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Improving clinical practice and service delivery
P151 How effective is targeted outreach?
  1. V Sellors,
  2. A Akers,
  3. E Bostock,
  4. R Dutton,
  5. A Apoola
  1. Derby Hospitals NHS Foundation trust, Derby, UK

Abstract

Background The national sexual health strategy recommends that services should meet the needs of local communities and identifies where service developments are needed most. The financial pressures of the health service and the operational pressures of trying to meet a 48-h target make it difficult to establish targeted outreach projects to reduce the burden of STIs and the uptake of STI/HIV screening and testing in hard to reach groups.

Methods A needs assessment was carried out with relevant partner organisations and an outreach project with sexual health advisors was developed. The needs assessment identified three areas for targeted outreach: brothel services for heterosexual men, sauna for MSM and youth offender services. A health advisor outreach clinic was established and staffed 1–4 times a month. Outcome data from the clinics are presented.

Results The youth offender service clinic was the most successful outreach with 32 patients seen over 17 sessions (23 males and nine females). There were 15 males tested in the sauna over 18 sessions and four female sex workers tested in two clinic sessions. STIs were identified in 20% of all patients seen (two cases of Gonorrhoea, six cases of Chlamydia, two cases of syphilis). The mean percentage of patients seen in the outreach clinics who had never been to the GUM clinic was 71% (75% in brothel, 84% in YOS, 34% from sauna).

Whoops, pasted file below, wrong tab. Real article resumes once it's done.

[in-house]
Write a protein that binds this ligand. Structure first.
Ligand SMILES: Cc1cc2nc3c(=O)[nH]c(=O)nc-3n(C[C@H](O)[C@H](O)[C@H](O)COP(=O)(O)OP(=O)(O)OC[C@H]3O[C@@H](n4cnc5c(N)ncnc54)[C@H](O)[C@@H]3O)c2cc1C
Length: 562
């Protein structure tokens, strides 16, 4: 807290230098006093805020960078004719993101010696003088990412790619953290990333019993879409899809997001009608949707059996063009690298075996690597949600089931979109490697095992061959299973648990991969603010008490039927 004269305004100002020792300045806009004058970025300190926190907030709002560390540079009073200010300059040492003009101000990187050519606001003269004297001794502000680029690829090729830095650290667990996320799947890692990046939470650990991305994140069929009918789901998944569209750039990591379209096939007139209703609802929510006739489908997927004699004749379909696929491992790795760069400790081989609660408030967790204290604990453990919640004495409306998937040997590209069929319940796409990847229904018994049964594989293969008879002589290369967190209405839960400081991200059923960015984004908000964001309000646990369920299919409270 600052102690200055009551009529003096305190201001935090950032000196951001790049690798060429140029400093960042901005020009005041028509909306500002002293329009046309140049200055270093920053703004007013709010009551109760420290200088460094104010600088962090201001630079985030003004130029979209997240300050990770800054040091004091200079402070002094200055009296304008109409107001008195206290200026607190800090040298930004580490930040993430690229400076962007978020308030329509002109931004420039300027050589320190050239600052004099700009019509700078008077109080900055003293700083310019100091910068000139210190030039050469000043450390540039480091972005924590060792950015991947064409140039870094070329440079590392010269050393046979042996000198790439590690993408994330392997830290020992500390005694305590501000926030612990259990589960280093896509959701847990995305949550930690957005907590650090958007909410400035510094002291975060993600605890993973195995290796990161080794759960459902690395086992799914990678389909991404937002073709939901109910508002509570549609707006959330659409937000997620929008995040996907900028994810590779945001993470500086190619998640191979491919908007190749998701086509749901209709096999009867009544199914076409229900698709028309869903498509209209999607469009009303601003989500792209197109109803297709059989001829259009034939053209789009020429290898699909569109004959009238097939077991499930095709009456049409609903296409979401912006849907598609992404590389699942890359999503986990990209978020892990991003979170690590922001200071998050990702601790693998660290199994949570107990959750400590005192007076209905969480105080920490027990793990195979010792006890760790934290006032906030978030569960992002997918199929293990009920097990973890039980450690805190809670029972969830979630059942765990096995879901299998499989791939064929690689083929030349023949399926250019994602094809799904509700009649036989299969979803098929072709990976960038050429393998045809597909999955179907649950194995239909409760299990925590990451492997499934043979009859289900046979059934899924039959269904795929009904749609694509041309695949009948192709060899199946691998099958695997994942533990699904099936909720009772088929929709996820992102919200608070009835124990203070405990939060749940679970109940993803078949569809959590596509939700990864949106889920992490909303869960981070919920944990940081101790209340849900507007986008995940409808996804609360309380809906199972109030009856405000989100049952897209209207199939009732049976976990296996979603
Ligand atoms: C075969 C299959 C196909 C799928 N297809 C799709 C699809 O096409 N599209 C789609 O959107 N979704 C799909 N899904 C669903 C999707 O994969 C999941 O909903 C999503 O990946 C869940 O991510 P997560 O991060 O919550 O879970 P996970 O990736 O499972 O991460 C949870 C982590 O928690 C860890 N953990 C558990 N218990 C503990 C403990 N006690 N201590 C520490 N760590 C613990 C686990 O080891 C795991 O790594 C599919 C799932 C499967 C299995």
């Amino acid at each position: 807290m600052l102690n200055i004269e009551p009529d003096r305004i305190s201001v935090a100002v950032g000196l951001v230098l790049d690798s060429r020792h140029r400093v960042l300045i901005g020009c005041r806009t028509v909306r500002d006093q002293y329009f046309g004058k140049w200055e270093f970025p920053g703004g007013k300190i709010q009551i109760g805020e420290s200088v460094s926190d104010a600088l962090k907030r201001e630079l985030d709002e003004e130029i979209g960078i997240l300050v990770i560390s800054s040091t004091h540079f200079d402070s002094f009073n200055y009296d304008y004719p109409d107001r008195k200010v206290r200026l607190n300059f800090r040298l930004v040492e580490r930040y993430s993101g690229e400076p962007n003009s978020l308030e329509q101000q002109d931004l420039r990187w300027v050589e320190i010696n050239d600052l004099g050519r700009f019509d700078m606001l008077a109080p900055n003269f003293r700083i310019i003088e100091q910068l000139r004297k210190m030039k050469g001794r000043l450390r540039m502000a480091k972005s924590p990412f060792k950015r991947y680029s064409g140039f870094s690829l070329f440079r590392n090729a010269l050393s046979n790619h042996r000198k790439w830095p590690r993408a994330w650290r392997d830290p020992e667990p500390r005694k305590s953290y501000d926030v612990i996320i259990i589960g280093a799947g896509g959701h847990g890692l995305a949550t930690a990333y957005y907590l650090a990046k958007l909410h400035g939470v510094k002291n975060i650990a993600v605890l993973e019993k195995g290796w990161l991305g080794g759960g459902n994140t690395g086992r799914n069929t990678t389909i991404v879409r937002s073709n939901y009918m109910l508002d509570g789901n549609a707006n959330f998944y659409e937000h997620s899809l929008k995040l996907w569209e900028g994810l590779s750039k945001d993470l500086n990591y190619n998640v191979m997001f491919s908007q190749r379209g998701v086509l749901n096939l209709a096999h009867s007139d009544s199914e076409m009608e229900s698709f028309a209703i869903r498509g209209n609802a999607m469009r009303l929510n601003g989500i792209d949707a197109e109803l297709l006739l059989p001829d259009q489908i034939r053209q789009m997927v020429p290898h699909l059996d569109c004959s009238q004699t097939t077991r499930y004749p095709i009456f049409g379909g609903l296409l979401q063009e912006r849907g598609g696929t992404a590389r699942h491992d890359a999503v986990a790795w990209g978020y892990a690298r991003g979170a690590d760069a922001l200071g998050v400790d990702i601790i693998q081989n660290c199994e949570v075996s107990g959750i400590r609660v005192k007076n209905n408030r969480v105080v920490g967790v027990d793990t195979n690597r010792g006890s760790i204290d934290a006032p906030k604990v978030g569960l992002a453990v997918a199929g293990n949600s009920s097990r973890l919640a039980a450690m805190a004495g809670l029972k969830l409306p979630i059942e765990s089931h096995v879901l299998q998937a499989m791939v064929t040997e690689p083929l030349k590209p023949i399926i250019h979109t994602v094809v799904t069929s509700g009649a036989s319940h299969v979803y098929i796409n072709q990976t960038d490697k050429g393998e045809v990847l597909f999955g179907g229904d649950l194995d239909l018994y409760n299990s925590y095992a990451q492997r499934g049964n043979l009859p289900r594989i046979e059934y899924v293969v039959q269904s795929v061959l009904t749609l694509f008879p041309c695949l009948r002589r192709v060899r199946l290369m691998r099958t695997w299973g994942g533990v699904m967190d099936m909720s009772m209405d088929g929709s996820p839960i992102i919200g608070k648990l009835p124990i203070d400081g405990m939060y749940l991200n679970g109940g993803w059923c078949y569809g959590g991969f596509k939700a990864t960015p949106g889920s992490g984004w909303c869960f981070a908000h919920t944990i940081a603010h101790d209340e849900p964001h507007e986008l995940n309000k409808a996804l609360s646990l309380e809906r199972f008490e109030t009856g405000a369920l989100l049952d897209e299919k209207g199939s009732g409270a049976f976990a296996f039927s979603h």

Discussion The targeted outreach has revealed a high level of STIs (20%) in the target group as assumed. The targeted outreach service should reduce the rate of STIs by appropriate treatment, partner notification and counselling. Recording of testing has missed out on the recording of educational activities and other health promotion carried out at sessions. Targeted outreach will help to improve access to those who don't normally attend, improve patient care and help reduce STIs in the community.

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